Tips on what residents should do if a wildfire threatens their homes
Dry grass, wind and relatively low humidity means a fire can spread easily and be difficult to control. All it takes is a spark from a metal lawnmower blade hitting a rock, a loose chain dragging on the road behind a vehicle, a car idling in tall grass or a lit cigarette thrown out a window.
If a fire starts near your home and you are asked to evacuate, you may not have much time to prepare.
Kari Hines, a program coordinator with Firewise USA and the Texas A&M Forest Service, said while you may get a 15-to-30-minute heads up, Texans often just get a knock on their door from a local authority telling them to leave immediately.
“First and foremost, it’s all about life safety — protecting the public as well as protecting our first responders,” Hines said.
People in areas with a high fire danger — which is currently a large swath of Texas — should be ready to leave at a moment’s notice.
Here’s how you can be prepared.
Sign up for phone, text or email alerts. City and county officials in the region can send emergency alerts — including evacuation notices — to residents. You can add alerts from the National Weather Service, which include “red flag warnings” indicating that there is an increased risk for fire in your area. The service is free and takes a few minutes to set up.
Proactively check the risk of fire in your area from data provided by Texas A&M Forest Service here. If you are in an area of high fire danger, be prepared to evacuate.
Follow local fire and emergency management departments on social media.
Prepare a 'go' kit
Gather the things you want to take with you if you need to leave your home. Put items in a bag in an easy-to-access spot and let your family know where it is.
Consider the Five P’s when preparing a "go" kit:
- People and pets (including livestock)
- Prescriptions (including medical equipment, glasses and hearing aids)
- Papers (like insurance information, phone numbers, deeds or the electronic equivalent)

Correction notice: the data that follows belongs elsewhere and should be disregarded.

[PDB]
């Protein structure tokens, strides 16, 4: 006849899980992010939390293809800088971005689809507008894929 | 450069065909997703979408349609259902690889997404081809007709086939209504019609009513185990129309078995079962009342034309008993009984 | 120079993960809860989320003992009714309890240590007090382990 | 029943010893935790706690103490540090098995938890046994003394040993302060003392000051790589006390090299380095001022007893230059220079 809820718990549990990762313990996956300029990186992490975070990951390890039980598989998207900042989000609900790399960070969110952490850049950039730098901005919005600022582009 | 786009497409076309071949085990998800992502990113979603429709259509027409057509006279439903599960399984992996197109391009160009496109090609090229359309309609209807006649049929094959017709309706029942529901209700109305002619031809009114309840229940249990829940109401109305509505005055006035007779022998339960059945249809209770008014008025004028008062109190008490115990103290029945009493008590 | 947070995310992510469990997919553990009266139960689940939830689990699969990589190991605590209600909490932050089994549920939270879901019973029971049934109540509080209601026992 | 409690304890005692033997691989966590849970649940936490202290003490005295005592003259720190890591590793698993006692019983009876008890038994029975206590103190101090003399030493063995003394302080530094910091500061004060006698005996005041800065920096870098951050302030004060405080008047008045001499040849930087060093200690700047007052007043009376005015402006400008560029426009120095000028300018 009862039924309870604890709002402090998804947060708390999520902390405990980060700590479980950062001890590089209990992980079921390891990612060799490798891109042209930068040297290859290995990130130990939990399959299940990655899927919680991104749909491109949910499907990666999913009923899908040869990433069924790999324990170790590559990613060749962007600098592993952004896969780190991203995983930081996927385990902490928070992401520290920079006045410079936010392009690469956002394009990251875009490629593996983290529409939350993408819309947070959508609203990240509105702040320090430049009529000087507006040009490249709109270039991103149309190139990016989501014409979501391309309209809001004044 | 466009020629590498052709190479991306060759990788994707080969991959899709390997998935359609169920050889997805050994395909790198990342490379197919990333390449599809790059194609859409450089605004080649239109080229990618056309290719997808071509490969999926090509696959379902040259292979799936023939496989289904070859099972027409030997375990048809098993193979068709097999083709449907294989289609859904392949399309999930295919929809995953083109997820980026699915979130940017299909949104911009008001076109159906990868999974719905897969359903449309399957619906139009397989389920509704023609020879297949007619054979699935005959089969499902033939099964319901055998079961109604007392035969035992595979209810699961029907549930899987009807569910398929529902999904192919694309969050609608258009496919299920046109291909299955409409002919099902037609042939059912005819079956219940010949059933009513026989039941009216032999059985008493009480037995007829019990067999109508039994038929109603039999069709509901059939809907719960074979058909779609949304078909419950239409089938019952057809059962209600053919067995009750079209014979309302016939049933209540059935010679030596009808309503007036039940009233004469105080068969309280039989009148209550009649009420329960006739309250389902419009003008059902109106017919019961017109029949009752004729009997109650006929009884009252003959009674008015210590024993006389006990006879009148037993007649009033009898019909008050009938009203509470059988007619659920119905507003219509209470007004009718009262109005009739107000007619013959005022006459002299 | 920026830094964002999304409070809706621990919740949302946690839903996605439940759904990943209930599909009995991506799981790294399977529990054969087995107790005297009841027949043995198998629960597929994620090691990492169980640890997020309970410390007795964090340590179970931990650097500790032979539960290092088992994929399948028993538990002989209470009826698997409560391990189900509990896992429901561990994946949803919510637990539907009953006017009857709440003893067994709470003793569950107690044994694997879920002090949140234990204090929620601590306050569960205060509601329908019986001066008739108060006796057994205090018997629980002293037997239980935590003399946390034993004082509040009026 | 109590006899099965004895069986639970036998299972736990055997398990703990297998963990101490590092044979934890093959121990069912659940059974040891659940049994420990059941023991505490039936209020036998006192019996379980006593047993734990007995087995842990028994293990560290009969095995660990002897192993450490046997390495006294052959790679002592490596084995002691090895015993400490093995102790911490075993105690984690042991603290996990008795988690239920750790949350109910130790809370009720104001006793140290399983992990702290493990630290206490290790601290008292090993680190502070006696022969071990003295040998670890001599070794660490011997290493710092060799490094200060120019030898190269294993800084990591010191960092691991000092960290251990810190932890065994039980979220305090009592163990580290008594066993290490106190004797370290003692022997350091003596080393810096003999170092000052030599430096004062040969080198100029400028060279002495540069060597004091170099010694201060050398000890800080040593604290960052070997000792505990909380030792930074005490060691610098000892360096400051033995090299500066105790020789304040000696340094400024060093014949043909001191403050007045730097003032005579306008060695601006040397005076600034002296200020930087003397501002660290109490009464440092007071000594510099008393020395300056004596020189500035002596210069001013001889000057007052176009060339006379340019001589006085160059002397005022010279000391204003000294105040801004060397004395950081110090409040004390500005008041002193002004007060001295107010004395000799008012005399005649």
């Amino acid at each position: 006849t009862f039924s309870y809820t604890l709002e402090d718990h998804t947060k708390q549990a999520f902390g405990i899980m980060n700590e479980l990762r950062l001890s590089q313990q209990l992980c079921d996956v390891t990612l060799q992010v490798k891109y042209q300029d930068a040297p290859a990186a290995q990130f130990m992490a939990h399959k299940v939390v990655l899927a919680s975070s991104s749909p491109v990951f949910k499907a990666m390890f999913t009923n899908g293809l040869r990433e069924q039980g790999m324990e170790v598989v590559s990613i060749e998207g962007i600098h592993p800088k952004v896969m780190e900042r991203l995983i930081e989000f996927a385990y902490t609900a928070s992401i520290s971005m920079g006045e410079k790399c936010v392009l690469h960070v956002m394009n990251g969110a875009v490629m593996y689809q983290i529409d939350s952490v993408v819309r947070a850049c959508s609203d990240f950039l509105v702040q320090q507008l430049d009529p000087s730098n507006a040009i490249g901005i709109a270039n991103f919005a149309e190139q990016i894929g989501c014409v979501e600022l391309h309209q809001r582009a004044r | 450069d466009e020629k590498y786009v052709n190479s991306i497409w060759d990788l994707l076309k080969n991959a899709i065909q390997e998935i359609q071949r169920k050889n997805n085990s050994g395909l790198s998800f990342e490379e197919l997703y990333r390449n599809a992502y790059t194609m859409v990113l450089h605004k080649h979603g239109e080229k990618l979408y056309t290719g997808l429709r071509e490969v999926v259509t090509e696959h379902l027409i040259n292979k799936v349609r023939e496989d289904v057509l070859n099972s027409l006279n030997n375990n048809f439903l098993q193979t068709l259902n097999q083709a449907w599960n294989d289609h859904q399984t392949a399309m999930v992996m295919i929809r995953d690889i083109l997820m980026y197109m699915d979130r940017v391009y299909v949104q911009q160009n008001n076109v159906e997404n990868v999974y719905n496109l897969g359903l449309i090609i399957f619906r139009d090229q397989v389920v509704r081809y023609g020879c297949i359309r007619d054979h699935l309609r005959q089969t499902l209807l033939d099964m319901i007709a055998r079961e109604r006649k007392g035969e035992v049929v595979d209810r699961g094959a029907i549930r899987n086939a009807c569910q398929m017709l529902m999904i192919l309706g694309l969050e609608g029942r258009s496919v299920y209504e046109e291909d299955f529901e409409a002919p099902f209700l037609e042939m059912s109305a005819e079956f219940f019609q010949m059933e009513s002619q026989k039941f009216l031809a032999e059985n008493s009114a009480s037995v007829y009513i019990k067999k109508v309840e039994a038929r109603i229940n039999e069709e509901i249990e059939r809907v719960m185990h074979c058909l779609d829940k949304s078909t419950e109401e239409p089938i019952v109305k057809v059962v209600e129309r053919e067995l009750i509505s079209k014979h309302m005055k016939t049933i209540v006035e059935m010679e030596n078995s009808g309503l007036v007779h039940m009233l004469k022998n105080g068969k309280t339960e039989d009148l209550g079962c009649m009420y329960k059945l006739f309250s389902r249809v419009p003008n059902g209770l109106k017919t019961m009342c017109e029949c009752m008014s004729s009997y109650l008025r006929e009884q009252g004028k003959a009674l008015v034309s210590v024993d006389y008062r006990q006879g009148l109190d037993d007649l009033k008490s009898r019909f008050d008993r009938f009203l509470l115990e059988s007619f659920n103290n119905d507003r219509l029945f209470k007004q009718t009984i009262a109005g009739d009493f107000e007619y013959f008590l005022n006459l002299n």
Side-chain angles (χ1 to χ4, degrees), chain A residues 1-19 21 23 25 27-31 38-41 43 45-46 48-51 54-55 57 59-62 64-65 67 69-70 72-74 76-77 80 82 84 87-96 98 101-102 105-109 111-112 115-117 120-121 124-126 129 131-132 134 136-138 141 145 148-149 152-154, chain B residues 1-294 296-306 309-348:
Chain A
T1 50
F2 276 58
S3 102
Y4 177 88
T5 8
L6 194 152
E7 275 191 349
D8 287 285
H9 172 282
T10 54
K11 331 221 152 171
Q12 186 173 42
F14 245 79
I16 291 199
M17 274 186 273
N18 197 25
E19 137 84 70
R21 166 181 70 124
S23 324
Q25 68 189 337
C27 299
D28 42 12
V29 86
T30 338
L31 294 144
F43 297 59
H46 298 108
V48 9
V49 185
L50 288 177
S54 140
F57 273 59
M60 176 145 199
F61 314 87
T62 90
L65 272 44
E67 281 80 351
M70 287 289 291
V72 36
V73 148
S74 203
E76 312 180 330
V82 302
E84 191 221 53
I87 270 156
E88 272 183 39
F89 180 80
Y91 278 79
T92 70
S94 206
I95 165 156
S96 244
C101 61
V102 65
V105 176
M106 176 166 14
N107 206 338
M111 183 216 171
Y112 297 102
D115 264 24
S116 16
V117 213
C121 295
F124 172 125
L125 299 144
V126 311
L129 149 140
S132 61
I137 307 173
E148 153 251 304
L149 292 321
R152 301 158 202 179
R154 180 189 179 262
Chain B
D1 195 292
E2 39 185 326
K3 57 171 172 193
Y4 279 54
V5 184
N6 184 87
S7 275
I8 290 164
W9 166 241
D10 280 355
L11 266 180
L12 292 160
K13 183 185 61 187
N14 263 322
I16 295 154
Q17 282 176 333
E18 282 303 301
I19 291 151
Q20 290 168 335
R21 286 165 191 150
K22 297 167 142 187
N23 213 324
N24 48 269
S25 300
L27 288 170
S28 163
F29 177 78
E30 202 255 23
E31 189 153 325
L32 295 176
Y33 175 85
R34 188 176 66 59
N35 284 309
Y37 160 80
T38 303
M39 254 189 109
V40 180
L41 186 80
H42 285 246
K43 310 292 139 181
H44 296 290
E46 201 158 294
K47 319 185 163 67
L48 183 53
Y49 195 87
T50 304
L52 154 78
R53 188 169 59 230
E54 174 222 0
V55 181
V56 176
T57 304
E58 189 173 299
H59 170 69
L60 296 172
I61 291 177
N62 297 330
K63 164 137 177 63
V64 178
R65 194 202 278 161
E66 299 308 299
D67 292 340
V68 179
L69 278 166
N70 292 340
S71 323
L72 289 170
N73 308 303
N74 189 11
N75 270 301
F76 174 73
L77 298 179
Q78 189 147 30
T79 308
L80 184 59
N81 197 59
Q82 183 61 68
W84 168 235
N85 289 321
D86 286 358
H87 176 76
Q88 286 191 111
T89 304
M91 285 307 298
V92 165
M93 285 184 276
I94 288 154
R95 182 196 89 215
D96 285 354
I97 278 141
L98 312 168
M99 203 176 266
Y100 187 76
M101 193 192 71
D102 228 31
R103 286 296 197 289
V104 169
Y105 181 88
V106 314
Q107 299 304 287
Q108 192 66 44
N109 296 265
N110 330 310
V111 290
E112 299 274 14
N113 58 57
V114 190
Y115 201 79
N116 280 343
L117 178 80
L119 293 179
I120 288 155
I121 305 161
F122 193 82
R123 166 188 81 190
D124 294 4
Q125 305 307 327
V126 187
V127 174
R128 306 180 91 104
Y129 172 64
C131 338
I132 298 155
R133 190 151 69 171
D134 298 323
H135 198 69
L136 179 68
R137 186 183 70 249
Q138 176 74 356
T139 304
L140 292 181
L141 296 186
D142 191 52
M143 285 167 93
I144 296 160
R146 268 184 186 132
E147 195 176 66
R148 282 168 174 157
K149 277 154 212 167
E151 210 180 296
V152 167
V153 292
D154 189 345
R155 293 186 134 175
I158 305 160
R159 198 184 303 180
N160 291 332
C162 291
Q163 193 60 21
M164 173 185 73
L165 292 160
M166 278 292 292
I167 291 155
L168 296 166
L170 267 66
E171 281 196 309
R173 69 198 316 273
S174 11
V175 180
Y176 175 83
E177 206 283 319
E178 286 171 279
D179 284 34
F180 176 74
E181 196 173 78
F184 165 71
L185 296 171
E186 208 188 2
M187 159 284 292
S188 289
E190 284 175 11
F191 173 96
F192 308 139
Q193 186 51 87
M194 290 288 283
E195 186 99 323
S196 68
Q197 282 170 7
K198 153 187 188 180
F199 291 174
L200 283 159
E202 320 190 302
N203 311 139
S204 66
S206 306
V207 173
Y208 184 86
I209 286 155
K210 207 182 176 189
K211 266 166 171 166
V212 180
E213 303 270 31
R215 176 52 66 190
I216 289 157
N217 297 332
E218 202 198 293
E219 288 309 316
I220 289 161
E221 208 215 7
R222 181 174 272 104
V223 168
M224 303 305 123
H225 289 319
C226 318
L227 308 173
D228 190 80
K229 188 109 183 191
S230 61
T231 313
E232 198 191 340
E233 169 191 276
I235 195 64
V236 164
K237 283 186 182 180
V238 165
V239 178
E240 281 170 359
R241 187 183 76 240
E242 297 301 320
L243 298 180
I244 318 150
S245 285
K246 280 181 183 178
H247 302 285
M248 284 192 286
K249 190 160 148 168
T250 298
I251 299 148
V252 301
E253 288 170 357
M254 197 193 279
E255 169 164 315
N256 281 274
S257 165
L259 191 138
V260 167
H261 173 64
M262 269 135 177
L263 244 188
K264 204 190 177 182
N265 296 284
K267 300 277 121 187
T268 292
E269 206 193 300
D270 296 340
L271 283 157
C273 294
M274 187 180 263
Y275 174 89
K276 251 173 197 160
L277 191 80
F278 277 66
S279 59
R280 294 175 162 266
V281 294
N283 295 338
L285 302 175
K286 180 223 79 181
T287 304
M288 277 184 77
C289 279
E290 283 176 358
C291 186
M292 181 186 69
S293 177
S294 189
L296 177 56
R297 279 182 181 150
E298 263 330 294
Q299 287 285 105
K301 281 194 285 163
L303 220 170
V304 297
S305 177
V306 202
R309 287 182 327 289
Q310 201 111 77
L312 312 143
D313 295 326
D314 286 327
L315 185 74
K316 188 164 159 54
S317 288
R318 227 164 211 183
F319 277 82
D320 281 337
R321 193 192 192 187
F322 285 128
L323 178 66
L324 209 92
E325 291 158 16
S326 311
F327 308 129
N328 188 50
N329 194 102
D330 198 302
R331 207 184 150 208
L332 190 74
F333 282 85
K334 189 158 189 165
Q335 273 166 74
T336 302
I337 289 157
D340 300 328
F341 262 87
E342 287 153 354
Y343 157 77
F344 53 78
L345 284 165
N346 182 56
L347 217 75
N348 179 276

- Personal needs (clothes, food, water and toiletries)
- Priceless items (like photo albums and irreplaceable memorabilia).
Other P's include plastic (credit cards), passports (and other IDs) and personal devices like computers.
Pack comforting toys and activities for kids.
If you are asked to evacuate and haven’t packed a kit, don’t focus on material things.
“People can spend time worrying about things that don’t matter when it’s their lives that matter most,” Justice Jones, a wildfire mitigation officer for the Austin Fire Department, said.
Plan evacuation route
- Know the turns of the roads well. Smoke can be thick and disorienting for drivers, Hines said. It’s important to be familiar with the road itself and not just rely on GPS.
- Be prepared to change your route. Responders may put up barricades in the first few hours of an emergency, Hines said, but they may not have broadcast those road closures. If you get to a barricade, be prepared to turn around.
- Know a couple of routes out of your neighborhood. If one road is impassable, you’ll want to know another option. If you live in a community with only one way in or out, Jones said, pay even closer attention to fire conditions, because seconds matter during an evacuation.
- If you have tried to leave but are unable to do so, call 911 so first responders are aware of your presence and can try to protect you where you are. This guide contains information on how to try to stay safe in your home if you can’t leave — like filling tubs with water for emergency use and keeping wet towels under doors to keep out smoke and embers.
- Limit the number of vehicles you take to reduce congestion on the road.
- Inform family and friends where you are planning to go.
- Leave before you get an evacuation notice if you feel your home or evacuation route is threatened.
Protect the home
You can help protect your home against a fire in a few ways if you have time:
- Remove any combustible plants or vegetation from within 5 feet of your home. That includes getting leaves out of your gutters. Hines said embers — those little pieces of burning material that fly ahead of a fire — can land in a pile of dead grass, dry leaves or firewood and build up enough heat to burn down a house.
- Install a one-eighth-inch metal mesh to cover any openings into the structure — like under porches or into attics — to help keep embers from entering your home.
- Next steps: Bigger changes include using different building materials for your roof and siding that are more fire-resistant. Jones suggested an asphalt composite roof.
One thing Jones said not to do to protect your home is to leave sprinklers on before evacuating.
“If everybody did that, it could dimension the city’s ability to have adequate supply,” he said. “The key is to not have vegetation directly adjacent to your home. And then you don’t have to worry about that. Even if your grass is dry, it’s not going to act like a fuse to reach your home.”
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